Cirmtuzumab: Here About the Promising New Therapy

Researchers at UC San Diego are developing a new drug to treat CLL. The drug, cirmutuzumab, is an antibody designed to attach to a protein on the surface of CLL cells. Researchers hope that this process will block cancerous cell growth and survival. Right now, cirmtuzumab is being tested for its safety and effectiveness in humans in a Phase One clinical trial.  “A brand new way to target and kill blood cancer,” WNDU, features Thomas Kipps, MD, PhD.
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The Role of a NOTCH1 Mutation for CLL Patients

The Promise of Immuno-Oncology to Treat CLL

From Patient Power:

Could a patient’s own immune system be sparked to fight chronic lymphocytic leukemia (CLL)? Research into immunotherapy—or immuno-oncology—CLL treatment approaches is currently underway and creating buzz. Dr. Thomas Kipps, a leading CLL expert, explores immuno-oncology treatments in development, how they work and why he finds the research “truly exciting.”

CLL Patient Meeting April 23rd, 2015!!!!

In honor of Miles Pendleton, CLL patient and advocate, the CLL Research Consortium, (along with the Blood Cancer Research Fund), is hosting a patient education and empowerment meeting. The meeting will take place at UC San Diego Moores Cancer Center, in La Jolla, California. We will cover a wide-range of topics: from early stage CLL, prognosis, targeted therapies, to forming your own CLL team. By the end of the meeting the participants will have a clear understanding of the new research developments, treatments types, and how to address needs beyond just treatment of CLL. Participants will also understand the importance of clinical research and how clinical research benefits everyone! For ticket or additional information go to:


Frontline Cancer: Retraining your immune system to fight cancer

Given the complexities of cancer, there is not – and likely never will be – a single way to destroy it. Instead, the oncologist’s armamentarium must be stocked with many weapons, which include diverse advances in chemotherapy, radiation, surgery and stem cell technologies.  For the full story CLICK HERE!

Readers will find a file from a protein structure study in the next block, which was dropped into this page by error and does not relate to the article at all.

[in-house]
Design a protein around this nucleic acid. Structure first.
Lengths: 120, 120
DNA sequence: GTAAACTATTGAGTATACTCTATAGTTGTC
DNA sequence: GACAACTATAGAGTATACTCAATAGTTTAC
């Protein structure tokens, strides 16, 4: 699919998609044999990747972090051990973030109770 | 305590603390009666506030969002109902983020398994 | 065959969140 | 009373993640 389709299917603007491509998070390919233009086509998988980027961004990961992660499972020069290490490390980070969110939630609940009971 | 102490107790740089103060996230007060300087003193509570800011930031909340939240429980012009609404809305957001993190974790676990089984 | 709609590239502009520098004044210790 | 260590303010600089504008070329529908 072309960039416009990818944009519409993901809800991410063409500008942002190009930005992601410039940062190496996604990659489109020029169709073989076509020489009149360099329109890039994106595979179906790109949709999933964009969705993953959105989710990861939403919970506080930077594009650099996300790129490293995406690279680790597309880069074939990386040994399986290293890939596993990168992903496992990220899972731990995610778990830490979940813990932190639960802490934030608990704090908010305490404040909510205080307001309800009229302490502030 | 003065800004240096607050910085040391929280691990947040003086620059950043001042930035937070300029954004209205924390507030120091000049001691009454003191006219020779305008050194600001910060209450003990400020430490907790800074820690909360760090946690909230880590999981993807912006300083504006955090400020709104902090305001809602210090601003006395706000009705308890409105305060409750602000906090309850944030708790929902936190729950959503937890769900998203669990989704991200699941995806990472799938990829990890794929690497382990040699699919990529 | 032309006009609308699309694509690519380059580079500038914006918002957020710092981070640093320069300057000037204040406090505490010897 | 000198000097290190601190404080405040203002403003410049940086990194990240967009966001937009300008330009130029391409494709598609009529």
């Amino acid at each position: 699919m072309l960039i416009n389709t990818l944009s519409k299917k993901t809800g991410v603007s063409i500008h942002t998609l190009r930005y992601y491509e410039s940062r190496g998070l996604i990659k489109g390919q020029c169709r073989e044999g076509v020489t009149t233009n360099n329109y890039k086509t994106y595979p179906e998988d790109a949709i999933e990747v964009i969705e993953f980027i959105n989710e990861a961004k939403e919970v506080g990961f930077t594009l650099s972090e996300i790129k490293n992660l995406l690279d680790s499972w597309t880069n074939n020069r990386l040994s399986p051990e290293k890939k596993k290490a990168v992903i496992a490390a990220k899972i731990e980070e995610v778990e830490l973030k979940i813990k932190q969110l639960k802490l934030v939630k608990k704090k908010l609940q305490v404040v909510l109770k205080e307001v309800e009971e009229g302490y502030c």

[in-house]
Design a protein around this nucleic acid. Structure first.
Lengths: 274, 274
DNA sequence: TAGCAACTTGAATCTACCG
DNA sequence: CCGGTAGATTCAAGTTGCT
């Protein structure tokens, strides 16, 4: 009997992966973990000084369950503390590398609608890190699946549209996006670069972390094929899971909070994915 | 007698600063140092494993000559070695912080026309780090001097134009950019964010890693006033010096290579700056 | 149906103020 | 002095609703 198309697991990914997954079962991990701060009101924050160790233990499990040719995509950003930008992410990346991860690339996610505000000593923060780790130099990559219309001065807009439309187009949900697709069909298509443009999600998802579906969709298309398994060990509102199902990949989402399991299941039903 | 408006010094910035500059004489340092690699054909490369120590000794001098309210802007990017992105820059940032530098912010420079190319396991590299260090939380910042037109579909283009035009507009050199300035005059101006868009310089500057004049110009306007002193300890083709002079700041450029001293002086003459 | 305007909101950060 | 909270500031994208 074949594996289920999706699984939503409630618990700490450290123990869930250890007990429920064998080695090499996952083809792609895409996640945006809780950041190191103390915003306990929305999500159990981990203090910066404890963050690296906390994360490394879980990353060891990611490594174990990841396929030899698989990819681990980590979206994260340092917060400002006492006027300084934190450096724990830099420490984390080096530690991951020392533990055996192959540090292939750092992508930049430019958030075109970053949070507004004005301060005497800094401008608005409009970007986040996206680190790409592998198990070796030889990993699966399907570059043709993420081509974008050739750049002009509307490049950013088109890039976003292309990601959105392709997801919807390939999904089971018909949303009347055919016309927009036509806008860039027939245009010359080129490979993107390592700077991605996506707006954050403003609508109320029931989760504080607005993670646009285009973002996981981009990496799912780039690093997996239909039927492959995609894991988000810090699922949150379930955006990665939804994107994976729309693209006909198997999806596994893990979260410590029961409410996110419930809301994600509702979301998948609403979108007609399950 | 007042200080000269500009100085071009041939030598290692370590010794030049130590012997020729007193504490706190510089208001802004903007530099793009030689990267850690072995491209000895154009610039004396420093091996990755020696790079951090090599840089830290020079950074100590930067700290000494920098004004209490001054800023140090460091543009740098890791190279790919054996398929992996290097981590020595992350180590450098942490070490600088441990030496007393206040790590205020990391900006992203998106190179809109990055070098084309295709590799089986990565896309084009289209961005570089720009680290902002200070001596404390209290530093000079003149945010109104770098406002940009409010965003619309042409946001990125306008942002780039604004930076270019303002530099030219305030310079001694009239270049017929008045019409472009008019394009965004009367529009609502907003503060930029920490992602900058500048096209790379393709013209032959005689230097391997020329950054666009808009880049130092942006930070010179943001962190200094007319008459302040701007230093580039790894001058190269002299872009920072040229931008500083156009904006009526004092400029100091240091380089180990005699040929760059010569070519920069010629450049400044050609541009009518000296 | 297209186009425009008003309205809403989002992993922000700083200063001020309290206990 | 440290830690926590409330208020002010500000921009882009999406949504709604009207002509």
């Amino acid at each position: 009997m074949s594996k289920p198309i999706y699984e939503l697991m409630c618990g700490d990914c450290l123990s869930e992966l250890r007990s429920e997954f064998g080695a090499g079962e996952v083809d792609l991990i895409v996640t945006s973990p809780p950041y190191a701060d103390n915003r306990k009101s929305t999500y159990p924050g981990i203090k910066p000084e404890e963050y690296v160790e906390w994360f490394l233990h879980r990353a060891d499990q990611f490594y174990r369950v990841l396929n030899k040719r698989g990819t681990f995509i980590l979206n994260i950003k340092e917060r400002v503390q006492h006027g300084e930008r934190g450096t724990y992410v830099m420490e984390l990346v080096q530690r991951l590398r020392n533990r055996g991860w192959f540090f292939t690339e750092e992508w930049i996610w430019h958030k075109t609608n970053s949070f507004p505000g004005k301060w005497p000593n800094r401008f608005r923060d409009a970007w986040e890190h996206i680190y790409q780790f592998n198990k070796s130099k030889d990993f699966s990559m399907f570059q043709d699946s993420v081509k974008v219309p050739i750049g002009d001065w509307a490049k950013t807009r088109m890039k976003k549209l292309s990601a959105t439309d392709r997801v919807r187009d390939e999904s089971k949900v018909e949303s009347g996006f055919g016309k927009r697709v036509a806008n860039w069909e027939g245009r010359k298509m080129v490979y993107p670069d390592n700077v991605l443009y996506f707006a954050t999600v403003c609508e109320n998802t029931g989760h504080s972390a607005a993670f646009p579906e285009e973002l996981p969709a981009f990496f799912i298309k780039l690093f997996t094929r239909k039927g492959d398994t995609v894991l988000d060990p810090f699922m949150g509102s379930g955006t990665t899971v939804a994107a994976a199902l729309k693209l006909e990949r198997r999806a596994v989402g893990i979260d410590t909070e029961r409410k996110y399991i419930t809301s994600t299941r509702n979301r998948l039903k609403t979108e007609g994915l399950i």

Dr. Scott Lippman, Director of the UC San Diego Moores Cancer Center

Anti-leukemia drug may also work against ovarian cancer

An antibody therapy already in clinical trials to treat chronic lymphocytic leukemia (CLL) may also prove effective against ovarian cancer – and likely other cancers as well, reported researchers at the University of California, San Diego School of Medicine and the Blood Cancer Research Fund, in a study published in the Nov. 17 online early edition of the Proceedings of the National Academy of Sciences (PNAS).

New Clinical Trials: The Power of Research

An announcement earlier this month by the California Institute for Regenerative Medicine (CIRM), the state’s stem cell agency, is big news for innovative cancer treatment and the BCRF is right in the mix!

The Sanford Stem Cell Clinical Center at UC San Diego Health System, which is led by Lawrence Goldstein, PhD, and Catriona Jamieson, MD, PhD, was named one of three new “alpha clinics” by CIRM. Dr. Jamieson is the principal investigator on the alpha grant and co-leader of the Moores Cancer Center Hematologic Malignancies program. This designation comes with an $8 million award which will help provide vital infrastructure for establishing a comprehensive regenerative medicine clinical hub for first-in-human stem cell-related clinical trials including cancer treatment.

Recently, the Sanford Center launched three such trials including a Phase I trial to assess the safety and efficacy of a new monoclonal antibody for patients with chronic lymphocytic leukemia (CLL). The drug, called cirmtuzumab,was developed at Moores Cancer Center in the laboratory of Thomas Kipps, MD, PhD, co-leader of the Moores Cancer Center Hematologic Malignancies program.